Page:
Unaudited Interim Financial Information

The accompanying interim condensed consolidated financial statements are unaudited. These unaudited interim condensed consolidated financial statements have been prepared in accordance with GAAP and following the requirements of the U.S. Securities and Exchange Commission (SEC) for interim reporting. As permitted under those rules, certain footnotes or other financial information that are normally required can be condensed or omitted. The interim unaudited condensed consolidated financial statements should be read in conjunction with the Company’s financial statements and accompanying notes for the fiscal year ended December 31, 2018, contained in the Company’s Annual Report on Form 10-K for the year ended December 31, 2018 filed by the Company with the SEC on March 5, 2019. In management’s opinion, the unaudited interim condensed consolidated financial statements have been prepared on the same basis as the audited financial statements and include all adjustments, which include only normal recurring adjustments, necessary for the fair presentation of the Company’s financial position and its results of operations and comprehensive loss and its cash flows for the periods presented. The results for the three and nine months ended September 30, 2019 are not necessarily indicative of the results expected for the full fiscal year or any other interim period or any future year or period.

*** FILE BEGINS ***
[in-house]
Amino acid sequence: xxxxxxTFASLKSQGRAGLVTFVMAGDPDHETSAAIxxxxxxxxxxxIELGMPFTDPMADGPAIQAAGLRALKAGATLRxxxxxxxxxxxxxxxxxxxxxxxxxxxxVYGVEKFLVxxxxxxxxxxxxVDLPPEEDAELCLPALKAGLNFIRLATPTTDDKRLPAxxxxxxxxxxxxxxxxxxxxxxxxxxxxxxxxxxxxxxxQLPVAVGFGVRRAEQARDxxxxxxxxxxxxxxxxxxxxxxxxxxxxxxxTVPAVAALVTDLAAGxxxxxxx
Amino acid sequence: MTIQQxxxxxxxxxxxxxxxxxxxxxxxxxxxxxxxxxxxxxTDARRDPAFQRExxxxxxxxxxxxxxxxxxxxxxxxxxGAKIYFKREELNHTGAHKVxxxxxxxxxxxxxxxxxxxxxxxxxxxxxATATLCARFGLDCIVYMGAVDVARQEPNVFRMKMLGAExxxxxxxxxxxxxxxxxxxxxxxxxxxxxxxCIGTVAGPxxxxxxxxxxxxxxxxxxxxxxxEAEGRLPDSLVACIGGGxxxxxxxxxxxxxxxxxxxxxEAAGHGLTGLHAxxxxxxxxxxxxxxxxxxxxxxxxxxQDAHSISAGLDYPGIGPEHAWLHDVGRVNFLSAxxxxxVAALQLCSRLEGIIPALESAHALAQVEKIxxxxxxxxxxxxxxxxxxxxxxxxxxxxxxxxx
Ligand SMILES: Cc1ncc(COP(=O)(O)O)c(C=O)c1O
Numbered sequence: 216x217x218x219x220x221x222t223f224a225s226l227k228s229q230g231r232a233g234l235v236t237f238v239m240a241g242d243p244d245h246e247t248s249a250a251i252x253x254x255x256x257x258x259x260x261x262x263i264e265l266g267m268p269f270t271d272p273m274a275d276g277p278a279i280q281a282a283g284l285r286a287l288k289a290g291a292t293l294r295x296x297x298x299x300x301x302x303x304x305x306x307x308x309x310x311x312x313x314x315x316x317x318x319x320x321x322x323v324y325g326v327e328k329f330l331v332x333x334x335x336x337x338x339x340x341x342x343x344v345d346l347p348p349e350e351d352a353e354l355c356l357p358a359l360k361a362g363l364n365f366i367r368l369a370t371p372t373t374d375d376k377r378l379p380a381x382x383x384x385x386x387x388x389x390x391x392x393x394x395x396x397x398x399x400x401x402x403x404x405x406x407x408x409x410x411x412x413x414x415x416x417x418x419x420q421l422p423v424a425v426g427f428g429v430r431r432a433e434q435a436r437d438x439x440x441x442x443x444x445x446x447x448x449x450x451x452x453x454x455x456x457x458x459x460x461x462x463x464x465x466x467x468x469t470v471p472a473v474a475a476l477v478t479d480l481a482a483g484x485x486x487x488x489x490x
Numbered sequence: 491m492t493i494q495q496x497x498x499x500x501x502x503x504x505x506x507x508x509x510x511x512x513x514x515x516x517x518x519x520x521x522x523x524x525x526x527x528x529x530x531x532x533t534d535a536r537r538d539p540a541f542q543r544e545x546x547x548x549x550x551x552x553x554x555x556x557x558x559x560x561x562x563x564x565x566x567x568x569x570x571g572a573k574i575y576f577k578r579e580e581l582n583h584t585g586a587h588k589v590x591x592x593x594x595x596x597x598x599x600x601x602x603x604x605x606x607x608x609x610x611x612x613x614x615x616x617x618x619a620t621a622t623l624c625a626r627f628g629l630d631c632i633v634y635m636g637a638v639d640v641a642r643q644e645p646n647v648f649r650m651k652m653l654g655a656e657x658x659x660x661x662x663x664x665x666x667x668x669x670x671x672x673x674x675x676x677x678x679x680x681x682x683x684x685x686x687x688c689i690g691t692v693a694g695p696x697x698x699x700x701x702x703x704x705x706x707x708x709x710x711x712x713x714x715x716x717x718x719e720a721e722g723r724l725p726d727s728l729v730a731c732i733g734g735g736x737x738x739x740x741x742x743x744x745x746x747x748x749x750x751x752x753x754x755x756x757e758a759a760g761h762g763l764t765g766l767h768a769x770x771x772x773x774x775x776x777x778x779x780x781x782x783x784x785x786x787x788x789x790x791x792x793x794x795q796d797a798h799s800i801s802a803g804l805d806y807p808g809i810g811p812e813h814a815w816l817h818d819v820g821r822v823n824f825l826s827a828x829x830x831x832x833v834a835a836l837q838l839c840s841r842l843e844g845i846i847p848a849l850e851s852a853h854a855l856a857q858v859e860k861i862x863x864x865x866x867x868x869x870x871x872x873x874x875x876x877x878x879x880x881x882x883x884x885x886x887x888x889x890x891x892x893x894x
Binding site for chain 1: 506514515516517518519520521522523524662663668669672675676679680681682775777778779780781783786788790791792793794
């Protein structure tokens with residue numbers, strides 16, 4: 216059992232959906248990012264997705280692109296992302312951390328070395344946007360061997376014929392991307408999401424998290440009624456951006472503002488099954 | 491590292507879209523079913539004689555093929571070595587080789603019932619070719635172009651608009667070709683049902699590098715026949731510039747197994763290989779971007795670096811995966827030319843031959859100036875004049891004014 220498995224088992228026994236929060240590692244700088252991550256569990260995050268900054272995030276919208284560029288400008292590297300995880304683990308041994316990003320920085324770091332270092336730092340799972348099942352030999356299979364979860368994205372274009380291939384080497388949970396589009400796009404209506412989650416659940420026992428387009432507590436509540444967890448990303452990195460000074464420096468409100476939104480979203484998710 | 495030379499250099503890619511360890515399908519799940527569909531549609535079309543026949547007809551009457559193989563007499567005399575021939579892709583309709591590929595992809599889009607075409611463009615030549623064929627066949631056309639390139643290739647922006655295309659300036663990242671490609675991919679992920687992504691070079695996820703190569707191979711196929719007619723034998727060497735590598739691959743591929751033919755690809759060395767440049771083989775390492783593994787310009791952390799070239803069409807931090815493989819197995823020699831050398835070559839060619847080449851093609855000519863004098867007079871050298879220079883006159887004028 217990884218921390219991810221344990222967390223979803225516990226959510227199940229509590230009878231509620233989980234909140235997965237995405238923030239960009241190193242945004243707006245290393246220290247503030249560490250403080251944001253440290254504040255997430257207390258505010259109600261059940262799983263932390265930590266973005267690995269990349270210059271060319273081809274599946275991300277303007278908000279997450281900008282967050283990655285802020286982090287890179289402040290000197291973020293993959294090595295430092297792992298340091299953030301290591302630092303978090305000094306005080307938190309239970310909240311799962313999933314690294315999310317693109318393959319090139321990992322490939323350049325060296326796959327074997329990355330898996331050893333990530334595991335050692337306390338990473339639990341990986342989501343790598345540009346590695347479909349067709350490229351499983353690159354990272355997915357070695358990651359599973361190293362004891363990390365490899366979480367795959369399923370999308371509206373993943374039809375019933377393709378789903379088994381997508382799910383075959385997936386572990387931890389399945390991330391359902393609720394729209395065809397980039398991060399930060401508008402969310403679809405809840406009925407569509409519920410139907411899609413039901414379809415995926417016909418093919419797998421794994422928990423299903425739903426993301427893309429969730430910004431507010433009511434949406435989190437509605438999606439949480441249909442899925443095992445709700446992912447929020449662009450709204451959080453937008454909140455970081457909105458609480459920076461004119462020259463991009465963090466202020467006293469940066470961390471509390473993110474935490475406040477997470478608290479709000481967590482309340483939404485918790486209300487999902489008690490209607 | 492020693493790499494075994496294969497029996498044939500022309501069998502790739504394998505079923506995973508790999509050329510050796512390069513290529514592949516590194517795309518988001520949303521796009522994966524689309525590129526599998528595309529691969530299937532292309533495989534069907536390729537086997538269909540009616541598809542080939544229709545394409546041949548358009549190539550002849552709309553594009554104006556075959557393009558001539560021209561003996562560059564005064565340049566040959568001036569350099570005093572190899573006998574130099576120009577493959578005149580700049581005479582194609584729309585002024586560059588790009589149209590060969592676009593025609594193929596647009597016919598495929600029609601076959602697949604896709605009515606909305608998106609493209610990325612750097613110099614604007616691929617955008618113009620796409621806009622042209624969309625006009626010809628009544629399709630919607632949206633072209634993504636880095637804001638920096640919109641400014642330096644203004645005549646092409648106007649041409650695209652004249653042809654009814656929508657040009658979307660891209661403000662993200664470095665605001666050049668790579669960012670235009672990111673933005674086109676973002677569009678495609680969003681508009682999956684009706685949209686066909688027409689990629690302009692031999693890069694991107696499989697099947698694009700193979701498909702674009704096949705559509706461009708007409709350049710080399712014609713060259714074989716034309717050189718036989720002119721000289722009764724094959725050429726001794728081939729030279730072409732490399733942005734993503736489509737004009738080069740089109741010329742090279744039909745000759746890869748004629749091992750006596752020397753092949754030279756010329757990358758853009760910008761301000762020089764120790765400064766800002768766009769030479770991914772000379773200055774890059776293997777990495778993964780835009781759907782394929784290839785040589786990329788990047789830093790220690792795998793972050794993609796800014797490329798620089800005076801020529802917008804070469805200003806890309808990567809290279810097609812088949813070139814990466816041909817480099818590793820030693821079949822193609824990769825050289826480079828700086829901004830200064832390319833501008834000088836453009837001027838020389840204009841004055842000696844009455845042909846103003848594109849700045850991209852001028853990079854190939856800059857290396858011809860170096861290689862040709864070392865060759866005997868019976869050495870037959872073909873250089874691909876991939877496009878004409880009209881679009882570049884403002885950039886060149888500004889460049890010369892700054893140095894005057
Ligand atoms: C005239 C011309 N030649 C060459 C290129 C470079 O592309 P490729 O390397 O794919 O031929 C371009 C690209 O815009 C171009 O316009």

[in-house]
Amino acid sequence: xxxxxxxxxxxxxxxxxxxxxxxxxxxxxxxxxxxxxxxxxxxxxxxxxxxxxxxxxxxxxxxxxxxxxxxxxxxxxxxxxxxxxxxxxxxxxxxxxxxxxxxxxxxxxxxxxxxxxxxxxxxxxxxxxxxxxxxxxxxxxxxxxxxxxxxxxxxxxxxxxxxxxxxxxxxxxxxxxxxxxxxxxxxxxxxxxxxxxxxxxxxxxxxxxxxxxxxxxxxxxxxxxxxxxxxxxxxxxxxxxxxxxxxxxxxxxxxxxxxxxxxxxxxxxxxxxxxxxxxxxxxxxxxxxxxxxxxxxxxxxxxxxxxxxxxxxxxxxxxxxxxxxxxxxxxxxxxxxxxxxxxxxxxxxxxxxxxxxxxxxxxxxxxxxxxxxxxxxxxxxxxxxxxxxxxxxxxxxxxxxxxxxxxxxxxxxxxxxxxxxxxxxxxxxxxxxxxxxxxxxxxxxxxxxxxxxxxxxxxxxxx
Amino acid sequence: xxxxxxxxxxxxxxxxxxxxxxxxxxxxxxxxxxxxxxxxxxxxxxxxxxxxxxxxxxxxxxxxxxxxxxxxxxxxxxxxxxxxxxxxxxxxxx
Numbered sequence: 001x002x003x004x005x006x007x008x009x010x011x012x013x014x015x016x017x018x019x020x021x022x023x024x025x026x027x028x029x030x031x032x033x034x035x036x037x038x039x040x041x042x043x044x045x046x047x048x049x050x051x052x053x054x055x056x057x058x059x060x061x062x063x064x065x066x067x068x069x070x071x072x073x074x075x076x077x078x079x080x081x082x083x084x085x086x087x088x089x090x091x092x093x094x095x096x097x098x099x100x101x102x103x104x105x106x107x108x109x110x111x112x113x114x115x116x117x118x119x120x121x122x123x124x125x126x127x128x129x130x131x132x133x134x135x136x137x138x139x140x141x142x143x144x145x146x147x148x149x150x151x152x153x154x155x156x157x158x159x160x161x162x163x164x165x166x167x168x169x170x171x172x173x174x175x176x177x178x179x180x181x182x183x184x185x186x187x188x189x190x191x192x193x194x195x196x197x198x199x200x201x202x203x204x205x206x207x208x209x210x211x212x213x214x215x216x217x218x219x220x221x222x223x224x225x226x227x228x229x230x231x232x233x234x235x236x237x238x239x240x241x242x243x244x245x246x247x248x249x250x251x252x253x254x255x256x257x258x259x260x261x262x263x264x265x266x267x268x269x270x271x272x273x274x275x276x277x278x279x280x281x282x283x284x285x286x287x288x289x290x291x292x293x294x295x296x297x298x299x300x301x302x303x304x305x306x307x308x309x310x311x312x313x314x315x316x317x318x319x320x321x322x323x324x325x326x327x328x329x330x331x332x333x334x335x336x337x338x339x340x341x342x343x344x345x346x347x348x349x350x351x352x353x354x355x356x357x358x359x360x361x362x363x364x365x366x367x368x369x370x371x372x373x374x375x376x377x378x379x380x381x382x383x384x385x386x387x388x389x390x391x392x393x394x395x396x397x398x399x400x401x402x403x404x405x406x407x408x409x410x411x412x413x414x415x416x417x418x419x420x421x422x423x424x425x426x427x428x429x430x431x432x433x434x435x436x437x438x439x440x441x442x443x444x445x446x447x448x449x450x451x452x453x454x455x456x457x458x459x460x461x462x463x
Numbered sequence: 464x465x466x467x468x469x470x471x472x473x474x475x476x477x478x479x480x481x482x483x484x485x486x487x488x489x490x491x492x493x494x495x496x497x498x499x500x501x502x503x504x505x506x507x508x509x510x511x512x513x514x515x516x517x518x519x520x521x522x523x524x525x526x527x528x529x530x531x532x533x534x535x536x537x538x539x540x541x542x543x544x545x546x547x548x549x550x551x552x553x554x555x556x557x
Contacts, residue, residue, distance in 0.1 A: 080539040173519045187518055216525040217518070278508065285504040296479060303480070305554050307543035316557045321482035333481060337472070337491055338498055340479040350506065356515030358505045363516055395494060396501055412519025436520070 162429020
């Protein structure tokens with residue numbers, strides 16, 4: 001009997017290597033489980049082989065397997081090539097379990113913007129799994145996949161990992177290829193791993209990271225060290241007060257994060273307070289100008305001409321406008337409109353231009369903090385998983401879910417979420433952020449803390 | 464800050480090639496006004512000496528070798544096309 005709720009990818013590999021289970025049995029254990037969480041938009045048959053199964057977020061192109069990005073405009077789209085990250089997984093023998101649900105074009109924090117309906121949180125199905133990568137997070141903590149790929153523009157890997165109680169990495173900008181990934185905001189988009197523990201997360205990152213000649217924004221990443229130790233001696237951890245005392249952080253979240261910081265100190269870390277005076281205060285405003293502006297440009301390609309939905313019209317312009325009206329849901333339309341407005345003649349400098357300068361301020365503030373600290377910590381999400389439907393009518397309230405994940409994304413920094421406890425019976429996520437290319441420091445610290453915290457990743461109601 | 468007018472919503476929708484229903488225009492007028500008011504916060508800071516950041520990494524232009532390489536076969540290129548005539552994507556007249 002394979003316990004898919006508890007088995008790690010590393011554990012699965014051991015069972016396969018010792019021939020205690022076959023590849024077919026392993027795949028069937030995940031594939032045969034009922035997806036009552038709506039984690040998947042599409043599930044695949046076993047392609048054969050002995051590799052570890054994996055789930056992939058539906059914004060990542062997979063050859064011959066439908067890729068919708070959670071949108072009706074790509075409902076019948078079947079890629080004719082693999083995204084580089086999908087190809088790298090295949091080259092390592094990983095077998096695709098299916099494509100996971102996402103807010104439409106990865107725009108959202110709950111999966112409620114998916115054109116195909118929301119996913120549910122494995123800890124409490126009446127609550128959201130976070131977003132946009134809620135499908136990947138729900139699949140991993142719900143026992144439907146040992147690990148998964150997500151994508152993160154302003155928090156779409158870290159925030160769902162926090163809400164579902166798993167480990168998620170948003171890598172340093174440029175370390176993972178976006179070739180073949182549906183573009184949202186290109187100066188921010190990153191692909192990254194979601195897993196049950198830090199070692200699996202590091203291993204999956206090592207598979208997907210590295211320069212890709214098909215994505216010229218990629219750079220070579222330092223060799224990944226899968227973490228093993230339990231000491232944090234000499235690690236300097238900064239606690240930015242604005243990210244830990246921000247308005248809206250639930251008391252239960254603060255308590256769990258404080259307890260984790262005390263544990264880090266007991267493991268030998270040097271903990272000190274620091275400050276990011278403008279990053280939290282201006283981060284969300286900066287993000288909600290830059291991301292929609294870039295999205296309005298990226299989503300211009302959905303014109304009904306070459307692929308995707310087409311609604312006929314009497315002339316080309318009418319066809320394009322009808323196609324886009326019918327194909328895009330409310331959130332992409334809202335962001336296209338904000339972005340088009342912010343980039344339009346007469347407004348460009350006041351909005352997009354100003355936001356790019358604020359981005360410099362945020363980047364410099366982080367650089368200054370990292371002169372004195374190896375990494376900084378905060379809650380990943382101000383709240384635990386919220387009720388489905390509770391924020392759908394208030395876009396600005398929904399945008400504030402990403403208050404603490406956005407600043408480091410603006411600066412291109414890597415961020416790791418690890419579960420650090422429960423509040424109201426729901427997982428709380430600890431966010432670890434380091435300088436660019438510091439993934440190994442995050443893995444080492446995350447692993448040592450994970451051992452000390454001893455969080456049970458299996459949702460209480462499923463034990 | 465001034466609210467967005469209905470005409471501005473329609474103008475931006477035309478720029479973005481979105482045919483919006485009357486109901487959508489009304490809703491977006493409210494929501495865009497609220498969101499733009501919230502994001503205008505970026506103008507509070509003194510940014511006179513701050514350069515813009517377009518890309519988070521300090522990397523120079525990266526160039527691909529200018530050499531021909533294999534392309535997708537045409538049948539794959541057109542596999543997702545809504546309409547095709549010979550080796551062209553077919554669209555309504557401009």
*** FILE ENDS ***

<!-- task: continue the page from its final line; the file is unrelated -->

Revenue Recognition

The Company recognizes revenue in a manner that depicts the transfer of control of a product or a service to a customer and reflects the amount of the consideration the Company is entitled to receive in exchange for such product or service. In doing so, the Company follows a five-step approach: (i) identify the contract with a customer, (ii) identify the performance obligations in the contract, (iii) determine the transaction price, (iv) allocate the transaction price to the performance obligations, and (v) recognize revenue when (or as) the customer obtains control of the product or service. The Company considers the terms of a contract and all relevant facts and circumstances when applying the revenue recognition standard. The Company applies the revenue recognition standard, including the use of any practical expedients, consistently to contracts with similar characteristics and in similar circumstances.

A customer is a party that has entered into a contract with the Company, where the purpose of the contract is to obtain a product or a service that is an output of the Company’s ordinary activities in exchange for consideration. To be considered a contract, (i) the contract must be approved (in writing, orally, or in accordance with other customary business practices), (ii) each party’s rights regarding the product or the service to be transferred can be identified, (iii) the payment terms for the product or the service to be transferred can be identified, (iv) the contract must have commercial substance (that is, the risk, timing or amount of future cash flows is expected to change as a result of the contract), and (v) it is probable that the Company will collect substantially all of the consideration to which it is entitled to receive in exchange for the transfer of the product or the service.